The bar mitzvah ceremony was held at the Brooklyn Heights Synagogue, and the reception was at the Brooklyn Botanical Gardens a bit up the road. There is certainly a great deal to see and know in Brooklyn. Brooklyn Heights, on a fine sunny Saturday morning, is beautiful to behold, filled with streets of well-maintained brownstones and well-stocked delis.
To get to the bar mitzvah from my parents house in New Jersey, I took an early morning train to Penn Station, from where I had instructions to catch the 2 or 3 subway. Bafflingly, this being New York on a weekend morning, the number 1 train was leaving from the 2/3 platform, and the number 2 and 3 trains were leaving from the number 1 platform. I can't imagine why this would be necessary, or how I was expected to know this.
Ok, there were some paper flyers posted, saying something about express trains leaving from the local track, but if you are not a NYC resident you have no way of mapping "local/express" to "train 1/train 2/3". In fact, based on the subway map, I figured that the 2/3 was the local/express distinction, so the flyers made no sense to me since the 2 and 3 trains leave from the same platform. After watching several 1 trains go by on the platform clearly labeled 2/3, and watching a couple of 2 trains go by across the tracks on the platform clearly labeled 1, I began to suspect something was up. There were a few other people in the same boat as me, by the way, who did not get on the trains and looked baffled.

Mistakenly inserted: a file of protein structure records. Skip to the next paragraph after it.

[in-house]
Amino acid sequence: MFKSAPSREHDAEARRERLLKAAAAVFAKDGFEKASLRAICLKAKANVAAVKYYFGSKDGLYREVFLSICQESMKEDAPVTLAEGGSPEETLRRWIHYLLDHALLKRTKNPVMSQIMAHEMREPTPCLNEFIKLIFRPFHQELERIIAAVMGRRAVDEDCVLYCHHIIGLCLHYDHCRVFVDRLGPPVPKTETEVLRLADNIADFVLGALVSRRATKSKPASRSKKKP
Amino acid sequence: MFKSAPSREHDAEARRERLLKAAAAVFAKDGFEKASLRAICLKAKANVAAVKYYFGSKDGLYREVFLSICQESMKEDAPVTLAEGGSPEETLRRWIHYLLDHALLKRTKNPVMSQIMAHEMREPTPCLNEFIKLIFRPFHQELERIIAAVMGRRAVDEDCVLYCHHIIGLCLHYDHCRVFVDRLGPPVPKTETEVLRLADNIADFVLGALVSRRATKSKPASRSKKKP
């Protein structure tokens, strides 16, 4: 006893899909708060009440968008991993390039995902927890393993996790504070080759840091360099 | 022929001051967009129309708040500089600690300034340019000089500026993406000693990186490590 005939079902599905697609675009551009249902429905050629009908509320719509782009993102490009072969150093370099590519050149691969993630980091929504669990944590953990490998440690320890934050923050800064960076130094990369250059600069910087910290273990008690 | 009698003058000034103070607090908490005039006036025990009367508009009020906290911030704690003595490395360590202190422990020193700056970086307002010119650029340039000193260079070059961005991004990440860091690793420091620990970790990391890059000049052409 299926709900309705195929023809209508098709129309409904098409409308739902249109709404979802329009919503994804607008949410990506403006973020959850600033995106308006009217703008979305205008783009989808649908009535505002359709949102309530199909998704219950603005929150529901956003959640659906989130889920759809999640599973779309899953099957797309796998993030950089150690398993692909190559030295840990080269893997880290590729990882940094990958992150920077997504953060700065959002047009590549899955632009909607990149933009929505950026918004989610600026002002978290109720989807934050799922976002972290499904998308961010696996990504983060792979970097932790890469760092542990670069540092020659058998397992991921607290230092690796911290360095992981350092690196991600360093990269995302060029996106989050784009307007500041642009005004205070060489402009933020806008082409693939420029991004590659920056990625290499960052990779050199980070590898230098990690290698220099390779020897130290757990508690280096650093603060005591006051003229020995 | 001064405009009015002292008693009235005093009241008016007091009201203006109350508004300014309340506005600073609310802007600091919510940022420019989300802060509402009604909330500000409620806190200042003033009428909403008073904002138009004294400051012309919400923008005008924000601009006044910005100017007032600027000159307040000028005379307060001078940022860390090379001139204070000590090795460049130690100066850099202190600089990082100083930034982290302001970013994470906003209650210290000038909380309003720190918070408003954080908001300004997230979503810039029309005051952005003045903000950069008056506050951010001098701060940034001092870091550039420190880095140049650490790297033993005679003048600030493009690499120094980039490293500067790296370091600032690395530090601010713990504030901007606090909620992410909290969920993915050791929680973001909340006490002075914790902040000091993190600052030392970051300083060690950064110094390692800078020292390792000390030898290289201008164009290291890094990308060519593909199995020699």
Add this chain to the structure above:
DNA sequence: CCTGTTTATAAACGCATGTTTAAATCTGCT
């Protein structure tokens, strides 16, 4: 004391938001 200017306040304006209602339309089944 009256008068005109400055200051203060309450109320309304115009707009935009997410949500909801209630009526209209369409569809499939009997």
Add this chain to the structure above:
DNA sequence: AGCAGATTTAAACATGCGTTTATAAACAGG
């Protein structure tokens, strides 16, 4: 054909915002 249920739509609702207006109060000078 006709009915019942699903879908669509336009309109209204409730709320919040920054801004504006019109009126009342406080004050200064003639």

I left the platform to find an official, whom I overheard telling somebody else about the platform switch. In addition to the well-hidden official talking quietly, there was a ragged homeless woman sitting on the ground against the wall, loudly chanting "Take the number 2 train from the number 1 platform for *today*. Take the number 2 train from the number 1 platform for *today*." The words she was speaking were the absolute truth, clear and comprehensible, with no distracting buzzwords about "local" and "express".
If only I had noticed and paid mind to this woman on my way to the platforms I could have saved myself twenty minutes. What a lesson for me. In Christian terms, she was the equivalent of Jesus coming to my door disguised as a beggar. In metaphor terms, she was the embodiment of violated preconceptions. She was my Valuable Life Lesson.
I with I'd thought to give her some money, but I was rushing across the station to catch a train.